For assistance with research sources and organization, contact the Library Reference Desk (791-5692, 800-543-9440, email@example.com). For help in planning and writing your paper, contact your professor or the Averett Writing Center.
As you select sources most pertinent to the topic of your presentation, read them to the end and create an outline of your narrative. Rehearse your oral presentation with classmates until you are satisfied that you have a coherent narrative and can answer audience questions about your topic and sources. Your audience will appreciate a handout with an abstract and list of sources. (Speakers often share their slides electronically following a presentation.)
Your study group can reserve the small (307) or large media room (102) in Blount Library to rehearse presentation skills. Contact a librarian (1-5692, firstname.lastname@example.org) to make a reservation, or ask for a wireless keyboard when you visit the library.
Database search results may include a mix with full content and citations with abstracts. Look for links to full text in HTML or PDF. Most researchers prefer PDFs for references because they are formatted exactly like the original publication, making it easy to cite page numbers. PDFs also include illustrations and tables sometimes omitted from the HTML version.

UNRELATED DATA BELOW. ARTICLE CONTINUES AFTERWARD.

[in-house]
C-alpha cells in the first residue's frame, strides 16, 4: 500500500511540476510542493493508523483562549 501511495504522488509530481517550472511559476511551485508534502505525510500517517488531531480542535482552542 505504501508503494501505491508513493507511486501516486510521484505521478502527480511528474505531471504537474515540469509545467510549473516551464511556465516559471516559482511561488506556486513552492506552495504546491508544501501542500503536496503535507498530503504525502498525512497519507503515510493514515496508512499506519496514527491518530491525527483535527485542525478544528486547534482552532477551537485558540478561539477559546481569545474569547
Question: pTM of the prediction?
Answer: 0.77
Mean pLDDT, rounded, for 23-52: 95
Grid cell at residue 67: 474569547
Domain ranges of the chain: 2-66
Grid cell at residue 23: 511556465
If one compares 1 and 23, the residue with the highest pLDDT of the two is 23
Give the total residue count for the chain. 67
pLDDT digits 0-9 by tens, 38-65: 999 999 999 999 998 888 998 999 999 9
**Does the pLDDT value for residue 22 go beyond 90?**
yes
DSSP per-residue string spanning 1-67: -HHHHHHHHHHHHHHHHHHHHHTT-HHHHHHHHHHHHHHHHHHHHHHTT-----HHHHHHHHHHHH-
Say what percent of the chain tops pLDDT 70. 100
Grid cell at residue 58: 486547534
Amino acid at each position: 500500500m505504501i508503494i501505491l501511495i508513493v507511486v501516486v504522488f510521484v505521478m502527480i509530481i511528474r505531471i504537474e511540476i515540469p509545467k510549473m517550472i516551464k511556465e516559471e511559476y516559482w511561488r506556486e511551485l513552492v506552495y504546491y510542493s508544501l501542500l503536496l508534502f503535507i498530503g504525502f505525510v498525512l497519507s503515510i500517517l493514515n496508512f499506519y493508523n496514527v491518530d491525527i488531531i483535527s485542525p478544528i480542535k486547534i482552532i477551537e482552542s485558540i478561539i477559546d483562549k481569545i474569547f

To determine whether a cited article is related to your topic, read its abstract. Subject headings or "descriptors" are clues to the content of the article. A descriptor will often link to other sources on an aspect of the topic.
If a citation with abstract looks interesting, you can probably obtain the full content with a little more effort, either by linking out to another database or requesting an Interlibrary Loan. Look for "Find it at Averett" or "check for full text."